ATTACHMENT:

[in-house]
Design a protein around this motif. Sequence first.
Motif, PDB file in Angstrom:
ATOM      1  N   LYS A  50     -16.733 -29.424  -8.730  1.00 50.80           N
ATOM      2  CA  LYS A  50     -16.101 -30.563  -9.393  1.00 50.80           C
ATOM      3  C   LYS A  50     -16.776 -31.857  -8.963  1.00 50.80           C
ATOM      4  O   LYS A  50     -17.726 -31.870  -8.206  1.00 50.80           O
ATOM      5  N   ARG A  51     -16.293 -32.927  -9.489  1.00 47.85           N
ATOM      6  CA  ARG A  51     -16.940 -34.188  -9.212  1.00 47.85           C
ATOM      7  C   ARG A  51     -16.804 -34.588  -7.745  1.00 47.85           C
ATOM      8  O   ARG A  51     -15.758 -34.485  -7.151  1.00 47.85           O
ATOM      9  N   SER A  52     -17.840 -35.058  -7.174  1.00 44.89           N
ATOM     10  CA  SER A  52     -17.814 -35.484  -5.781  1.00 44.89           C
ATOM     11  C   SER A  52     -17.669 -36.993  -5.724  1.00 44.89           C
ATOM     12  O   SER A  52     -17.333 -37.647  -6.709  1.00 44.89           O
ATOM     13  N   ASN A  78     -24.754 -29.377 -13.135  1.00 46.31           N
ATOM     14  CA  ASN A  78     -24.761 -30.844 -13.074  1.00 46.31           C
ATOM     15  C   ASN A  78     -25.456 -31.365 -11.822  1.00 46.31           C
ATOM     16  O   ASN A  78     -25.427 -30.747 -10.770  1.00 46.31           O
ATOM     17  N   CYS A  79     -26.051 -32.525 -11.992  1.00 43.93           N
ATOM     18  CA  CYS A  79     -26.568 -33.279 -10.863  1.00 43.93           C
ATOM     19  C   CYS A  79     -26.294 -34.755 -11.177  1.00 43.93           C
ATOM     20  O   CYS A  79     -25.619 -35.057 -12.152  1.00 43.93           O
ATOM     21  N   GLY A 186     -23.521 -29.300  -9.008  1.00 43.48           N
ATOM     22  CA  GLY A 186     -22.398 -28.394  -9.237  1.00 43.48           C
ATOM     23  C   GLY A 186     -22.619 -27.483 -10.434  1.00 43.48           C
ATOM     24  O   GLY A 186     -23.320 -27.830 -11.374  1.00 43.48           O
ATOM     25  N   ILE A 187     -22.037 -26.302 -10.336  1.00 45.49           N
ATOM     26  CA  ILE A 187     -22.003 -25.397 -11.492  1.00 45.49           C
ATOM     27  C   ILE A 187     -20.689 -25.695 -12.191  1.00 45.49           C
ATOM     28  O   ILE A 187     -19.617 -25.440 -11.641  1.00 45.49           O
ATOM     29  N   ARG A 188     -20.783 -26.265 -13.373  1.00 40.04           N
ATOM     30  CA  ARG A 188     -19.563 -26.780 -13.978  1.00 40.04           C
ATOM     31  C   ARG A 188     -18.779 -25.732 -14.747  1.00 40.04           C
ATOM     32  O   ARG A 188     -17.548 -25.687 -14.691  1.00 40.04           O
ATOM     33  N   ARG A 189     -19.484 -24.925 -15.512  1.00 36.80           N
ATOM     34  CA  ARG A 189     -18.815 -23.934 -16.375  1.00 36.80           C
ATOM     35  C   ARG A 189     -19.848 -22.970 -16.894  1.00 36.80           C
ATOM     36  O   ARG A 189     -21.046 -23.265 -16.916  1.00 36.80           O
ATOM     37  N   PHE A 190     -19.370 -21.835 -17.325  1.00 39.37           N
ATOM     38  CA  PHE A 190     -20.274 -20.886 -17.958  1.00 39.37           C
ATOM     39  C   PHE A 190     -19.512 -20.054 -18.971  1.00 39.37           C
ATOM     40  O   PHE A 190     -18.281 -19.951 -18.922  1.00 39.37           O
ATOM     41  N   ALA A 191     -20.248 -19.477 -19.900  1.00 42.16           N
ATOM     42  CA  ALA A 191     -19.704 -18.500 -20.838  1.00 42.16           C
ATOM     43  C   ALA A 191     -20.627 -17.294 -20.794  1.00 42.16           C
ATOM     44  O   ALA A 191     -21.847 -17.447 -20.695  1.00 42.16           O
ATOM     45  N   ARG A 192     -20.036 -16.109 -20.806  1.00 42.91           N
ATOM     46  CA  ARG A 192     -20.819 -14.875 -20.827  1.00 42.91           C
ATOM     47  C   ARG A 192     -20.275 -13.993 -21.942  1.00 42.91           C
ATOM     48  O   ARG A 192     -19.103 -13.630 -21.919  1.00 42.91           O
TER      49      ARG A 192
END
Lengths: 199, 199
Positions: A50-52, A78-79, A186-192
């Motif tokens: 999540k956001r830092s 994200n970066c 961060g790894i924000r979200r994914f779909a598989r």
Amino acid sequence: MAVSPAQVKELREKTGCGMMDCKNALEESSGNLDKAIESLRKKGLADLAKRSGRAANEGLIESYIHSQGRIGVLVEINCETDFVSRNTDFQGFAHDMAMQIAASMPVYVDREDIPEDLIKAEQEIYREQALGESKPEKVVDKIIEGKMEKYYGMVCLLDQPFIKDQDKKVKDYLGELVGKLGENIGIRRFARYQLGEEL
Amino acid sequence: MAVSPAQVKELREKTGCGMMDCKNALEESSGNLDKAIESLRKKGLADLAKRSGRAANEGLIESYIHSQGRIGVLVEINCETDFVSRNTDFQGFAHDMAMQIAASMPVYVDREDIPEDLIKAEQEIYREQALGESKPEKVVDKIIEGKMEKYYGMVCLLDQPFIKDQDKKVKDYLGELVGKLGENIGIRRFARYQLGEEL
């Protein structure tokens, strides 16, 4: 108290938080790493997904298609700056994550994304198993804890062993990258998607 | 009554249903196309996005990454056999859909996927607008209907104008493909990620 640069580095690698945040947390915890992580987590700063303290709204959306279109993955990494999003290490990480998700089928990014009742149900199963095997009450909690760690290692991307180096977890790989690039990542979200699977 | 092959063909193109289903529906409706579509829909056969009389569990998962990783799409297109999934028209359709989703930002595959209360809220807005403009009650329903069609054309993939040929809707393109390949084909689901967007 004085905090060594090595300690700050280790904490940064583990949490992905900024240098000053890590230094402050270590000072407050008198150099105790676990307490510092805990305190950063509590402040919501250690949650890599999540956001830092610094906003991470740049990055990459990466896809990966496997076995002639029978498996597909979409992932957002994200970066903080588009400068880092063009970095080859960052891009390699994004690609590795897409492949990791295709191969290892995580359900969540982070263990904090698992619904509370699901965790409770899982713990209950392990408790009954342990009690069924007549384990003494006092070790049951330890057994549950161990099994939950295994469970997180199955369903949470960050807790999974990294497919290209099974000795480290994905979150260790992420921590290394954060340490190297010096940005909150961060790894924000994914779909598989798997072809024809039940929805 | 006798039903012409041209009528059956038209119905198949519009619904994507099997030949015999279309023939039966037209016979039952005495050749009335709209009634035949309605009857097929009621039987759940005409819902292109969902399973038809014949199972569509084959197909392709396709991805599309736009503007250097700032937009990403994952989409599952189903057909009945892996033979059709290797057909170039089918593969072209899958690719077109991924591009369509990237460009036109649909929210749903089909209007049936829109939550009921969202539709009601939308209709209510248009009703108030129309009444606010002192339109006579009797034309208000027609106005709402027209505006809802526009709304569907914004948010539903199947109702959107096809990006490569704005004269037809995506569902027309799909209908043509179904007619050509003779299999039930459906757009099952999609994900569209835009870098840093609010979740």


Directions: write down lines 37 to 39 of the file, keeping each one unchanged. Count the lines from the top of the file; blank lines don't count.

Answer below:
ATOM     34  CA  ARG A 189     -18.815 -23.934 -16.375  1.00 36.80           C
ATOM     35  C   ARG A 189     -19.848 -22.970 -16.894  1.00 36.80           C
ATOM     36  O   ARG A 189     -21.046 -23.265 -16.916  1.00 36.80           O